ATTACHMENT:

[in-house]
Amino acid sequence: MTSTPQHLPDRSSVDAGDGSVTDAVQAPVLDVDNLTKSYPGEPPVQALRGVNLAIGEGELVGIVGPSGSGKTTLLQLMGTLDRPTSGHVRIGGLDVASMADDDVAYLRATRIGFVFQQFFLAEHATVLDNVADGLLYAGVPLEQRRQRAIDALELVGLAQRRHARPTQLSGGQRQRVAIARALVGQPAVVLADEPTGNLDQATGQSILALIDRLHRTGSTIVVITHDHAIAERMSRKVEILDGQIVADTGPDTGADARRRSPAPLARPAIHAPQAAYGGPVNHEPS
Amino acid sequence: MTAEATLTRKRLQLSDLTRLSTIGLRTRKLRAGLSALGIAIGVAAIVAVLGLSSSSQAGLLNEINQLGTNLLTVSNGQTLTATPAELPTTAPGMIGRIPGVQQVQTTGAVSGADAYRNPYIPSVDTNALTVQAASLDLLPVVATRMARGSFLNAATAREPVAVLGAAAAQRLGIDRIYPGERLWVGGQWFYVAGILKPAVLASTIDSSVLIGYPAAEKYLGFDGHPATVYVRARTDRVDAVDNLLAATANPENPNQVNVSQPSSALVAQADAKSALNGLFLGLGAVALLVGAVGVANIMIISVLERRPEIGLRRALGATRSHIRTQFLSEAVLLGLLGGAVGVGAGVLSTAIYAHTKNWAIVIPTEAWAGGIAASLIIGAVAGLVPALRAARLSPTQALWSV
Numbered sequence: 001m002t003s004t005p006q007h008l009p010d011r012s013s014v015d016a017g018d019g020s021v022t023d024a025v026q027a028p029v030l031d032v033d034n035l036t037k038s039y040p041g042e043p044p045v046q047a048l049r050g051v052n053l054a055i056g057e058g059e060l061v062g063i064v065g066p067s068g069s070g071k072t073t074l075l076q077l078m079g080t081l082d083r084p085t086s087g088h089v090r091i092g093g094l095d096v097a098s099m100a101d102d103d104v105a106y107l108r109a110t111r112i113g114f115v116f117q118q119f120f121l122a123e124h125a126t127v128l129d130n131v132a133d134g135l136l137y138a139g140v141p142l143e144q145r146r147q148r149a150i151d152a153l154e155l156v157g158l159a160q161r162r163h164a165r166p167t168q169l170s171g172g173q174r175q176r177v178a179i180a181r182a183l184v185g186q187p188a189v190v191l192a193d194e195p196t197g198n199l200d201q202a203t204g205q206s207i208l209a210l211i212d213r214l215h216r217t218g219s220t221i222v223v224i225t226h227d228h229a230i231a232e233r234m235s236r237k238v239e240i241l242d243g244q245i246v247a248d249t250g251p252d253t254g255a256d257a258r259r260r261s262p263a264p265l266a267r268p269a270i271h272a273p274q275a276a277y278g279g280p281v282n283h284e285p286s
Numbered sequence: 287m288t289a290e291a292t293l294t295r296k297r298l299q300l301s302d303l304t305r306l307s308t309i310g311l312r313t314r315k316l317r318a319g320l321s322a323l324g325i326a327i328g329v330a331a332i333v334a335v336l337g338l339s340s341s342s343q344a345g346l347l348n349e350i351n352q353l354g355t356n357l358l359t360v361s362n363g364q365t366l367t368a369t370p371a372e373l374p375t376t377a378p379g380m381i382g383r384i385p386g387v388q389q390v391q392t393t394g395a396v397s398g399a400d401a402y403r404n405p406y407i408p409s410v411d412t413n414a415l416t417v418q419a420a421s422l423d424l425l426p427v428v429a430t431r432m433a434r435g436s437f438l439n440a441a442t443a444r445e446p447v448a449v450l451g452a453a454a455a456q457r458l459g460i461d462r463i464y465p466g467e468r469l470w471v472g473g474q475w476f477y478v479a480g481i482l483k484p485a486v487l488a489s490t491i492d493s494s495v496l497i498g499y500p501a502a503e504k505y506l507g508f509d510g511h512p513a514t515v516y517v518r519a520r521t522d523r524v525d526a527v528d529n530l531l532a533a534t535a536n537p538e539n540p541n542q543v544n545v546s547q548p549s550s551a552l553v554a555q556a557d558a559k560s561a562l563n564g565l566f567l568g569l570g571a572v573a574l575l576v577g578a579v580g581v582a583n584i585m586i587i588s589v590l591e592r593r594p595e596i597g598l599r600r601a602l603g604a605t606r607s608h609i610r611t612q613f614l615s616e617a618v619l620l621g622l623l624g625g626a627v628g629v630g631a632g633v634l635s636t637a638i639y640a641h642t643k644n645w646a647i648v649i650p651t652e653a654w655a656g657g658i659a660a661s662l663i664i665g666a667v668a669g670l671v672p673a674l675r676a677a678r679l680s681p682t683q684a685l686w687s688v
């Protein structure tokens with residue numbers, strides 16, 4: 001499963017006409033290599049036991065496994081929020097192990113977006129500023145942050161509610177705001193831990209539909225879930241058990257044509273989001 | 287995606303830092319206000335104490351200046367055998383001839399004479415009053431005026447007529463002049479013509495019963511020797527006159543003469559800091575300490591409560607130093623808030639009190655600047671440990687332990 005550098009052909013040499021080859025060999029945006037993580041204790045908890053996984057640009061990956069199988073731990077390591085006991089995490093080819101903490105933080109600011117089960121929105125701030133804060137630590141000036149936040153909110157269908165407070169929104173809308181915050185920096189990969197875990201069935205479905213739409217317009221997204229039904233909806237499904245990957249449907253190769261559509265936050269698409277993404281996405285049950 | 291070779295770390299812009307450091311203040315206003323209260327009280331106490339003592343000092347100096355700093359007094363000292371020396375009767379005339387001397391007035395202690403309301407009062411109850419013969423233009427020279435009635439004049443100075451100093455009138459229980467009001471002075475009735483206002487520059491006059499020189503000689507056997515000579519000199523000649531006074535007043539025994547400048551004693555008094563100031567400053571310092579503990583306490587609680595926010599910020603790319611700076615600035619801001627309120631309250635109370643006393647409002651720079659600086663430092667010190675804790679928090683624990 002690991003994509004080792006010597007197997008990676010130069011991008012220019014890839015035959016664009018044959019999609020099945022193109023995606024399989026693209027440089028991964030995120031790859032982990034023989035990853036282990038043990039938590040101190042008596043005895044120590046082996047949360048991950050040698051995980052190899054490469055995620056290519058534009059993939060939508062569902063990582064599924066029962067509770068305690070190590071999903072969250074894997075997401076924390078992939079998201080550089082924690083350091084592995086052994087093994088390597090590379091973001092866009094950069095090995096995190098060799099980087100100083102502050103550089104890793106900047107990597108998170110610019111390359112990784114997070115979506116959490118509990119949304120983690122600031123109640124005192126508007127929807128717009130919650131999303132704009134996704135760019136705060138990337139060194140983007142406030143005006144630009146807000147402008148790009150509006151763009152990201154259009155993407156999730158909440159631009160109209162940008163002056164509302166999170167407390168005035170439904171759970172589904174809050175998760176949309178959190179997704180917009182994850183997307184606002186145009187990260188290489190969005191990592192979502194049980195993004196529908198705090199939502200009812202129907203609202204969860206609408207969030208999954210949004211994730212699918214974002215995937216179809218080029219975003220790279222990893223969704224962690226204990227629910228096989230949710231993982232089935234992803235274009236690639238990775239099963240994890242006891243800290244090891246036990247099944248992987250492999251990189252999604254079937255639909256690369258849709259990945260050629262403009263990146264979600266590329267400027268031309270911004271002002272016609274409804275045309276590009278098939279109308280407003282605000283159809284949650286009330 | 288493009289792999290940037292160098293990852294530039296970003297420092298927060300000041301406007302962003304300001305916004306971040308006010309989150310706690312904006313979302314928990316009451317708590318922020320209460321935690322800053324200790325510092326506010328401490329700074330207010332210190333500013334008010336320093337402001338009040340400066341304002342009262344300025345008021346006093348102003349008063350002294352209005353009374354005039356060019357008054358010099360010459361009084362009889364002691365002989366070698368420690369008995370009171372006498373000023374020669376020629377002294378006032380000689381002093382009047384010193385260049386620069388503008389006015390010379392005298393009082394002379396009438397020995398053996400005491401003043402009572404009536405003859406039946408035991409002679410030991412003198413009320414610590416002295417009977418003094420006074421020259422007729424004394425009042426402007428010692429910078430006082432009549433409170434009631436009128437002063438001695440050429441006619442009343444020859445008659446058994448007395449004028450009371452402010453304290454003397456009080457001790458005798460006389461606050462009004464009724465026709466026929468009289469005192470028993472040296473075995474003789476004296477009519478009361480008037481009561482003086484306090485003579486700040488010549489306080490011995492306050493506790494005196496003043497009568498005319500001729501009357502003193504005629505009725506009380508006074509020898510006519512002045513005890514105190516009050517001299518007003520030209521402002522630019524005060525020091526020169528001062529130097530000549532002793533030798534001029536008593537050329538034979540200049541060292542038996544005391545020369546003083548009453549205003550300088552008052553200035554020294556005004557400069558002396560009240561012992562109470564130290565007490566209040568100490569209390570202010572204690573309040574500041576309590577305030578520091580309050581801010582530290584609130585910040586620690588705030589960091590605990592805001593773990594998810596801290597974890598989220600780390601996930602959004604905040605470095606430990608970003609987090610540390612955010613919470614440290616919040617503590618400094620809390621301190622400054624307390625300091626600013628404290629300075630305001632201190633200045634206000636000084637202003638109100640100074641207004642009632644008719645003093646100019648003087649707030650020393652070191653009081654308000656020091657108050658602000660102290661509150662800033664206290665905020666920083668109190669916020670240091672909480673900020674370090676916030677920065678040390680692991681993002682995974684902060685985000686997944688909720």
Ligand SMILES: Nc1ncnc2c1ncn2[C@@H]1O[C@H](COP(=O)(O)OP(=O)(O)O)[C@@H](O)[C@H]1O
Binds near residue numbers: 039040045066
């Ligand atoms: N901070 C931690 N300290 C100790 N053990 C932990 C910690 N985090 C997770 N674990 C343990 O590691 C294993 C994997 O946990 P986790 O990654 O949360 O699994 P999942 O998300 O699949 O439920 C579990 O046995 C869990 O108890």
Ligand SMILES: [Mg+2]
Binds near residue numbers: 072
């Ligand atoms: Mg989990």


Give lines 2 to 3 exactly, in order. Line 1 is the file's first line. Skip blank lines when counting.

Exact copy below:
Amino acid sequence: MTSTPQHLPDRSSVDAGDGSVTDAVQAPVLDVDNLTKSYPGEPPVQALRGVNLAIGEGELVGIVGPSGSGKTTLLQLMGTLDRPTSGHVRIGGLDVASMADDDVAYLRATRIGFVFQQFFLAEHATVLDNVADGLLYAGVPLEQRRQRAIDALELVGLAQRRHARPTQLSGGQRQRVAIARALVGQPAVVLADEPTGNLDQATGQSILALIDRLHRTGSTIVVITHDHAIAERMSRKVEILDGQIVADTGPDTGADARRRSPAPLARPAIHAPQAAYGGPVNHEPS
Amino acid sequence: MTAEATLTRKRLQLSDLTRLSTIGLRTRKLRAGLSALGIAIGVAAIVAVLGLSSSSQAGLLNEINQLGTNLLTVSNGQTLTATPAELPTTAPGMIGRIPGVQQVQTTGAVSGADAYRNPYIPSVDTNALTVQAASLDLLPVVATRMARGSFLNAATAREPVAVLGAAAAQRLGIDRIYPGERLWVGGQWFYVAGILKPAVLASTIDSSVLIGYPAAEKYLGFDGHPATVYVRARTDRVDAVDNLLAATANPENPNQVNVSQPSSALVAQADAKSALNGLFLGLGAVALLVGAVGVANIMIISVLERRPEIGLRRALGATRSHIRTQFLSEAVLLGLLGGAVGVGAGVLSTAIYAHTKNWAIVIPTEAWAGGIAASLIIGAVAGLVPALRAARLSPTQALWSV